Breastfeeding for your Baby’s Healthy Gut

Babies have a non-existent gut microbiome until the moment they are born.  Bacteria passed from mother to baby during vaginal delivery is the first opportunity for babies to build this important network.  That’s why recent research acknowledges the benefits of exposing babies born via C-section to vaginal bacteria from their mothers.  The birthing process is a vital first step in protecting babies and beginning to establish their gut microbiome.

Beyond birth, the leading source of nourishing a baby’s gut microbiome is through breastfeeding.  Breast milk contains glycoproteins that introduce bacteria from the mother and her diet into the baby’s digestive system.  Glycoproteins are made up of protein and sugars known as oliosaccharides.  Specific bacterium are produced that help infants and young children develop enzymes that strengthen their bodies.  One crucial enzyme called EndoBI-1 was determined to come from the oliosaccaride sugars found in glycoproteins.

Identifying the source of EndoBI-1 from breast milk compounds is breakthrough on several levels.  First, it better informs medical professionals about how breastfeeding improves a baby’s overall health, starting with the gut microbiome.  And it proves that breast milk has evolved with the human species.  Pretty phenomenal!  But it also has greater implications for babies who cannot or are not breastfed.

Researchers now believe that non-breastfed babies can benefit from these findings as well.  If formula products incorporate oliosaccharides, they can break down cow’s milk in a similar way to a human mother’s milk.  This would give formula-fed babies some of the same advantages as breastfed babies when it comes to a healthy gut.

This latest study was conducted by a team led by Professor David A. Mills, PhD, the Shields Endowed Chair in Dairy Food Science.

How to Avoid Flat Head Syndrome

Your precious newborn baby’s head is delicate for several reasons.  First, she needs help holding up her head because her neck muscles cannot yet do the job. Additionally a newborn baby’s skull is very soft and not yet closed.  Since babies spend most of their time on their backs due to weak neck muscles and their skulls are still malleable, they are at risk of developing flat head syndrome.  Today we’re taking a look at how to avoid flat head syndrome.

How to Avoid Flat Head Syndrome

When you look at your baby’s head you probably find it super adorable and kissable.  Well, it is that, but it also has two soft spots known as fontanels.  One fontanel is towards the front of her head and the other towards the back.  These allow the baby’s head some flexibility during birth since space is rather narrow in the birth canal, as you can imagine. Also, these openings between bones allow plenty of space for your baby’s most important brain to grow.  The back fontanel closes by around 4 months of age and the front one should be fully closed by 19 months.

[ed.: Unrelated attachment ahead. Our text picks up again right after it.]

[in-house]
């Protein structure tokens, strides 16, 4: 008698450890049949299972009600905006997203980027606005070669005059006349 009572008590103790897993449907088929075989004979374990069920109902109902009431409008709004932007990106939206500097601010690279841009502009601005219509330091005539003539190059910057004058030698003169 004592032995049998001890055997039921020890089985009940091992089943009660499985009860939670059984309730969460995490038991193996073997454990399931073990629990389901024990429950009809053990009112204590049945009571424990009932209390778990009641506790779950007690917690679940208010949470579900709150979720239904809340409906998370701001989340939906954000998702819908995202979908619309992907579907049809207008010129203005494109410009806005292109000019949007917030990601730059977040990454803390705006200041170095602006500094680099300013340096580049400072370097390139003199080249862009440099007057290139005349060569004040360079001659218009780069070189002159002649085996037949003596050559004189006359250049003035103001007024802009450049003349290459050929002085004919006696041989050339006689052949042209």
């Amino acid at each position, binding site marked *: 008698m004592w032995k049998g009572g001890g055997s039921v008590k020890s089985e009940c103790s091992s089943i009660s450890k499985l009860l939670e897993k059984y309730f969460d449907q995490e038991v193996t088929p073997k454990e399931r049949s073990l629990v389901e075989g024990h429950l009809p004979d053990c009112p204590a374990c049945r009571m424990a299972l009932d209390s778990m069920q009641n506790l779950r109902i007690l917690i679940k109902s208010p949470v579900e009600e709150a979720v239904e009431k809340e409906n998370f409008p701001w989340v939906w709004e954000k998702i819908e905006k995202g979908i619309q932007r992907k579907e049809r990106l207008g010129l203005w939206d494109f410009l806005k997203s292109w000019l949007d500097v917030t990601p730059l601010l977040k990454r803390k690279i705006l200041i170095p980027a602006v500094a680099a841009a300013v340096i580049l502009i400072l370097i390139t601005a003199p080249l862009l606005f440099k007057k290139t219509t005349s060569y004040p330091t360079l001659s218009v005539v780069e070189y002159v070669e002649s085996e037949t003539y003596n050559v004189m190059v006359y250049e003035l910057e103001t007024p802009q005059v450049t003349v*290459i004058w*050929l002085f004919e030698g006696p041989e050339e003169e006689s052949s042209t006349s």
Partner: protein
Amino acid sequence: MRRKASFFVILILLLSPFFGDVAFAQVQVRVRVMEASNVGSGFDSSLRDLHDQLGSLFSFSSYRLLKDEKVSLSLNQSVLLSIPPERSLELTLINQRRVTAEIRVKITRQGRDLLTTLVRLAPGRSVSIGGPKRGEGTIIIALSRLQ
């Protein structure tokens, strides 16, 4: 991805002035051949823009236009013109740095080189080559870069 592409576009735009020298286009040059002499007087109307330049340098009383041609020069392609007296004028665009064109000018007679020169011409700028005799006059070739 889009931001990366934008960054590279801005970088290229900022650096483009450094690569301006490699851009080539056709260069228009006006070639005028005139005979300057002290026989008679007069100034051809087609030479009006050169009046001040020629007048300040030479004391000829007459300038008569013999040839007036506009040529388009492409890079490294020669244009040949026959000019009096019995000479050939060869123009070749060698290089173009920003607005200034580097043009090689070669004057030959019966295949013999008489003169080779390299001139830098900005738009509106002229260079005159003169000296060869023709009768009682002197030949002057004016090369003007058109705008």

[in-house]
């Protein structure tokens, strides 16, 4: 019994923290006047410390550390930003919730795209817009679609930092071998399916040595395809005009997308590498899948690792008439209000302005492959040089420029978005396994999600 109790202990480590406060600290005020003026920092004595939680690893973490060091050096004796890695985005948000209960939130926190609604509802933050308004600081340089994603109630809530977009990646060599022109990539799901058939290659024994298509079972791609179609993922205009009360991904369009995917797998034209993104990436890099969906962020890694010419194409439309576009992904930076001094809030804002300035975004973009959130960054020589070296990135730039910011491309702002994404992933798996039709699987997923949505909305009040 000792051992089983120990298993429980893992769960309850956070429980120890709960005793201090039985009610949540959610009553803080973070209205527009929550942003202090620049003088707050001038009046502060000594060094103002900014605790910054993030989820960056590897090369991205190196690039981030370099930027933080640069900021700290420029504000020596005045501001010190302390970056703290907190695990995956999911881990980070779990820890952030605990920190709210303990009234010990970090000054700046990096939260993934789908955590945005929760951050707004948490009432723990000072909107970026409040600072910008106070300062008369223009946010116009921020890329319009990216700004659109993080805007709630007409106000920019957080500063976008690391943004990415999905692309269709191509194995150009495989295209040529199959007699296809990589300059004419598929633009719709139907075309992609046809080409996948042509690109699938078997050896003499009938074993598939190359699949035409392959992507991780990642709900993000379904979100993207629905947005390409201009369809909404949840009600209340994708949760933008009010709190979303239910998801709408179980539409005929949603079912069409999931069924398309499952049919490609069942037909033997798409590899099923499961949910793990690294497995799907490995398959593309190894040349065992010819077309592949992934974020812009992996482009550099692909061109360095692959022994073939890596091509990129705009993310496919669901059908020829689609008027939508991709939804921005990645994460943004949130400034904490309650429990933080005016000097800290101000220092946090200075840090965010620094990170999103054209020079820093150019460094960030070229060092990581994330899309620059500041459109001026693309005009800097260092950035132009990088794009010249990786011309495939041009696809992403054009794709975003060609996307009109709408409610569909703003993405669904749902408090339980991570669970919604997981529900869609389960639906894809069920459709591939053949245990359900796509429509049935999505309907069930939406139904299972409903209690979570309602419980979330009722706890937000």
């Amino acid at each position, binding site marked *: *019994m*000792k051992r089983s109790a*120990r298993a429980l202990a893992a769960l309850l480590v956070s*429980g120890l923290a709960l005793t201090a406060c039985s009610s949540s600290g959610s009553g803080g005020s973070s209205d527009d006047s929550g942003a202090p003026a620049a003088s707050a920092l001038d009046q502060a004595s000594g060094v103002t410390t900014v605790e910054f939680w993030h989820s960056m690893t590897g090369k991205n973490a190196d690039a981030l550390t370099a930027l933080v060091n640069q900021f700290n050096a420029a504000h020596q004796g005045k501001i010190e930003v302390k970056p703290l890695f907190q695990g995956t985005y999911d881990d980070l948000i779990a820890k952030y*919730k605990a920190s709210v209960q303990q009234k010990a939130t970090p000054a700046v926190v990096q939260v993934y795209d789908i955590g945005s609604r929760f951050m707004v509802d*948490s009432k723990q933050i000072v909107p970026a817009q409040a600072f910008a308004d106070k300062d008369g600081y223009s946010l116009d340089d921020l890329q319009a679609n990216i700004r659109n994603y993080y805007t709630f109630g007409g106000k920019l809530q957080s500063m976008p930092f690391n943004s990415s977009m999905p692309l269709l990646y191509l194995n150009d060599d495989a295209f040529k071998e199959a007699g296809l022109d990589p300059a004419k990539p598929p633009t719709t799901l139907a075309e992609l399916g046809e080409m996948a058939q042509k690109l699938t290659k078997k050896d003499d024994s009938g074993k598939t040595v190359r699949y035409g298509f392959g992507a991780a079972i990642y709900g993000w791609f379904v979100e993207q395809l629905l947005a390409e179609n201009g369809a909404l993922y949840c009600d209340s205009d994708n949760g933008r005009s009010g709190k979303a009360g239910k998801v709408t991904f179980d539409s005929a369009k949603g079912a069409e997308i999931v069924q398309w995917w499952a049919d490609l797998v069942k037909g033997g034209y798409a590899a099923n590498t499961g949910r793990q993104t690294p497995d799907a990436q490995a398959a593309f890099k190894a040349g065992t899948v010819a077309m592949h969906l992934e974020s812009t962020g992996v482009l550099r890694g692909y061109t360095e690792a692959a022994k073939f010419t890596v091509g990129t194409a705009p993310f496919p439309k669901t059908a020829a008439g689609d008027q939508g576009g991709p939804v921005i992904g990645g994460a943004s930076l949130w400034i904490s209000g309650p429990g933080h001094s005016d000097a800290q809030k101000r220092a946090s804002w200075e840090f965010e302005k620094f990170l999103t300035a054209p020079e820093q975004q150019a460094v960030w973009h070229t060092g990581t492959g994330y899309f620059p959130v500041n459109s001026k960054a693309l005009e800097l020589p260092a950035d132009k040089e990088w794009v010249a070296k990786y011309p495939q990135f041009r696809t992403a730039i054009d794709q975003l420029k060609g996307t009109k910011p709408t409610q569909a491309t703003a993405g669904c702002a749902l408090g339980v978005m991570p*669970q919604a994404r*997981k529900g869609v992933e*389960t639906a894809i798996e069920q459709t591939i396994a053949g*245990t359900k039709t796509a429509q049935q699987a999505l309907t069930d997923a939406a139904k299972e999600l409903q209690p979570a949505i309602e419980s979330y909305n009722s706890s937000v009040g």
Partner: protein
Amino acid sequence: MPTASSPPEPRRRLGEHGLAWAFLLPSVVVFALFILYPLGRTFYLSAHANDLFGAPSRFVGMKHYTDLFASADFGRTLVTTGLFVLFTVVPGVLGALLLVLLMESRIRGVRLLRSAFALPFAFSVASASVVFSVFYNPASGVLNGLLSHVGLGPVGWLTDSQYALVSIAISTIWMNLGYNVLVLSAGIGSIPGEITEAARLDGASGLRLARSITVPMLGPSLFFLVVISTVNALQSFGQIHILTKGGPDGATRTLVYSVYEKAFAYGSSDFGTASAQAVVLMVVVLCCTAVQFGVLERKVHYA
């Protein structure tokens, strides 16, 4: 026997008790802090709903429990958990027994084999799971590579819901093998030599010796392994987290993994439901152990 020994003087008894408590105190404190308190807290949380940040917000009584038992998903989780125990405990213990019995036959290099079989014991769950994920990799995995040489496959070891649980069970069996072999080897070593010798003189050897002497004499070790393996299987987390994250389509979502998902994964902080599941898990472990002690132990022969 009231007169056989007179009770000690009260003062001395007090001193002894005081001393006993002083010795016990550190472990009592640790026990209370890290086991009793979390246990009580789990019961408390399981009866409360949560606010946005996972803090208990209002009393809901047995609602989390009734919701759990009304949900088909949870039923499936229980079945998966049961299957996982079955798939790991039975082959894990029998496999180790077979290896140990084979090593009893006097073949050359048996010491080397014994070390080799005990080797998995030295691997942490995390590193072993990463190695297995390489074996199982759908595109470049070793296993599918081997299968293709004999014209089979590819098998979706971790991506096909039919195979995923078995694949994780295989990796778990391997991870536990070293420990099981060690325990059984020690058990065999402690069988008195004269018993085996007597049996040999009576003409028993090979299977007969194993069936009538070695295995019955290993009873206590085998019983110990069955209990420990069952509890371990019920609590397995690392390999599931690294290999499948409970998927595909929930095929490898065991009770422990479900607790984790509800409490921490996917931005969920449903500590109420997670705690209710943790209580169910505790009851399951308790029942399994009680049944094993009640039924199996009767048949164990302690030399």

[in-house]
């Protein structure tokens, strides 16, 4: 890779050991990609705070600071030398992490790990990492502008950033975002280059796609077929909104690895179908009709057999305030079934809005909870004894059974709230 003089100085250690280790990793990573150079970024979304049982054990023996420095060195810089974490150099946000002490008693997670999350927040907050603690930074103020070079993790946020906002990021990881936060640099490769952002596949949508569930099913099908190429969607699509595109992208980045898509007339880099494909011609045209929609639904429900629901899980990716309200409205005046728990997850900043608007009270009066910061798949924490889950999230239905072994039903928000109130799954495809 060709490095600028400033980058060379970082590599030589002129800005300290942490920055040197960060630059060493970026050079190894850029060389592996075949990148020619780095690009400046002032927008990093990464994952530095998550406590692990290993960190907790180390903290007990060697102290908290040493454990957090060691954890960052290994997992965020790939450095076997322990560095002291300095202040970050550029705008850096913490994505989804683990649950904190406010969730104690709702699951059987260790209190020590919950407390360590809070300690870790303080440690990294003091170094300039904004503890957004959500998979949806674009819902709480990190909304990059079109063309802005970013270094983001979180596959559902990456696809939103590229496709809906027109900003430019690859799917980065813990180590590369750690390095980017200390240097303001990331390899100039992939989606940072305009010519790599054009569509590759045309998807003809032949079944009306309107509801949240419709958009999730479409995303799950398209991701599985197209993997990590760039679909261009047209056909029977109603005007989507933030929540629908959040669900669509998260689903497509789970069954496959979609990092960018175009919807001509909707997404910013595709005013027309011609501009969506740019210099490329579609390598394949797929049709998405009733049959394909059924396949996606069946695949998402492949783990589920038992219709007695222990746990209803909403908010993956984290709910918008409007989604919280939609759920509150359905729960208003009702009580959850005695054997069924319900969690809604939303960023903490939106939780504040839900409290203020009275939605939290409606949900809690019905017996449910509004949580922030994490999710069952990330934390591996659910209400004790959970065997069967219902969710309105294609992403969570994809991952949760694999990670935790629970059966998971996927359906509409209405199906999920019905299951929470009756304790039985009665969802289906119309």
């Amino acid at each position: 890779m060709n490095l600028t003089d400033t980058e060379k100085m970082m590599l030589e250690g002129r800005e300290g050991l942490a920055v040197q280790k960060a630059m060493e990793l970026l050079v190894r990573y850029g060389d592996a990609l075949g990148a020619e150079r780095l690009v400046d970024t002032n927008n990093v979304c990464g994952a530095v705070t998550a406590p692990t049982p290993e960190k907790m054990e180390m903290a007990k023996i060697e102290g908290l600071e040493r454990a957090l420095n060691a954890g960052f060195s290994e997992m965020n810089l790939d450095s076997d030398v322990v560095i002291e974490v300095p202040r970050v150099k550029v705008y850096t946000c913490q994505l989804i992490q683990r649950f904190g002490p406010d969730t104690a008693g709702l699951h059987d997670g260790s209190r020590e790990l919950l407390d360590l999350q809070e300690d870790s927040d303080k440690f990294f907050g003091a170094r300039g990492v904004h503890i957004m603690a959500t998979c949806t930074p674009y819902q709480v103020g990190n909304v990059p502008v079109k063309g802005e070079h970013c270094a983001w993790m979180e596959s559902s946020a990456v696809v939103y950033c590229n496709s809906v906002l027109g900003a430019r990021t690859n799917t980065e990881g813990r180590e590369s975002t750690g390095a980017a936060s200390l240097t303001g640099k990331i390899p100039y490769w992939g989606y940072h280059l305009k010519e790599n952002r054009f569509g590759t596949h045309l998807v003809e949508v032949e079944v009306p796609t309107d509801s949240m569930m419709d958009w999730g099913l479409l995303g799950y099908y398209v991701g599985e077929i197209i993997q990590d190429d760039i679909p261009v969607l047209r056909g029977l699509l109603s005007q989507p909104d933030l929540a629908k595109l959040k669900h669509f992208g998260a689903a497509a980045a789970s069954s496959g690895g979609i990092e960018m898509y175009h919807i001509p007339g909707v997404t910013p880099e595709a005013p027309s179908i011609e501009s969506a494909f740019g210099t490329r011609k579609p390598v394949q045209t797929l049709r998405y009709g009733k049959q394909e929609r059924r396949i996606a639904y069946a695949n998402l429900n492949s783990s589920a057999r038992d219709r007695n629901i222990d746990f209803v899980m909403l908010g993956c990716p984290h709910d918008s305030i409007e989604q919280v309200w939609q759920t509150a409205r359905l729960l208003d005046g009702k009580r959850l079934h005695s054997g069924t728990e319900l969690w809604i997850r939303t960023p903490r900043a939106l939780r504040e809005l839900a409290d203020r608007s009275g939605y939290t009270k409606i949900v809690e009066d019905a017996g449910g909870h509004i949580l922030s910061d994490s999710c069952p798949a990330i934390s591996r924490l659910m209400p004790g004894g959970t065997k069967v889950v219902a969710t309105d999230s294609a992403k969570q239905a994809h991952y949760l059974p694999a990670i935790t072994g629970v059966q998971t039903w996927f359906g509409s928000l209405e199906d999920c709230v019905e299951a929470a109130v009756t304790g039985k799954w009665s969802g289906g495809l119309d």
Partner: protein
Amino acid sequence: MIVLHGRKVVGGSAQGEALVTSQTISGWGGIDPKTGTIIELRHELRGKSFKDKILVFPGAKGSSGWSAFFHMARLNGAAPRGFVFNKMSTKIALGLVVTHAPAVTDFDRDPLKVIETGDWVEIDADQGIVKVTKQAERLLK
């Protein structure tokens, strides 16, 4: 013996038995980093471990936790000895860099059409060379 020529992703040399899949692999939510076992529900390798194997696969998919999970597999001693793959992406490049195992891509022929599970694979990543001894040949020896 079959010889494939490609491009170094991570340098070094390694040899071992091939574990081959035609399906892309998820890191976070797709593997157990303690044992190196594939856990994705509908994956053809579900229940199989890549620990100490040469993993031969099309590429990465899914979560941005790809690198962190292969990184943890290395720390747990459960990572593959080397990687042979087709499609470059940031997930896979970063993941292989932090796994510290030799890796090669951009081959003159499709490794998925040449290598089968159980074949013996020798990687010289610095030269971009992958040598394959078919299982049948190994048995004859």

Many parents are worried about touching the soft spots but the truth is it’s ok to touch them gently.  Sometimes touching them is unavoidable, like when you’re getting your baby dressed or when you are washing her hair.  You are unlikely to damage anything during normal daily activities.

The bigger concern about a baby’s head is flat head syndrome or plagiocephaly.  With that back fontanel and the fact that your baby is placed on her back often for neck support and sleep, some babies develop a flat spot on the back of their heads. This has been even more common since the American Academy of Pediatrics recommended that babies sleep on their backs to avoid risk of SIDS.  Between sleeping on her back, enjoying her bouncy chair and infant swing, and riding in a car seat, there’s a lot of pressure on the back of your baby’s head that may cause it to be misshapen.

Fortunately, there are some ways to avoid flat head syndrome.  First, be conscious of how much time your baby spends on her back.  For sleep it is a necessity but for waking hours, try not to leave her in chairs and swings too long.  A better alternative is holding her or wearing her in a baby sling or carrier.  As her neck strength improves and she can hold her head up for longer periods of time, you can hold her in a sitting position for play time.

Tummy time is also recommended for infants until they learn to crawl.  Tummy time has several advantages.  First, it builds neck muscles for eventual autonomous head holding.  It also strengthens your baby’s core muscles that she’ll need for crawling and a variety of other activities very soon.  And tummy time gives you baby a time-out from lying on her head and potentially creating a flat spot.  Aim for multiple tummy time sessions a day for as long as your baby will tolerate it.

Also, try to position your baby’s head differently when she does need to put pressure on it.  Chances are she’s going to have a favorite head position.  Counter-balance her position by laying her on the opposite side sometimes.  When breastfeeding you’ll naturally alternate sides.  Do the same for bottle feeding.

If your baby’s head continues to develop a flat spot that is not improving by 6 months, your pediatrician may recommend cranial orthotic therapy where your baby will wear a custom-fit helmet for a certain period of time until the issue is resolved.

Addressing the problem early is the key to avoid flat head syndrome.  Watch for signs and use these tips to help keep some pressure off of your baby’s head.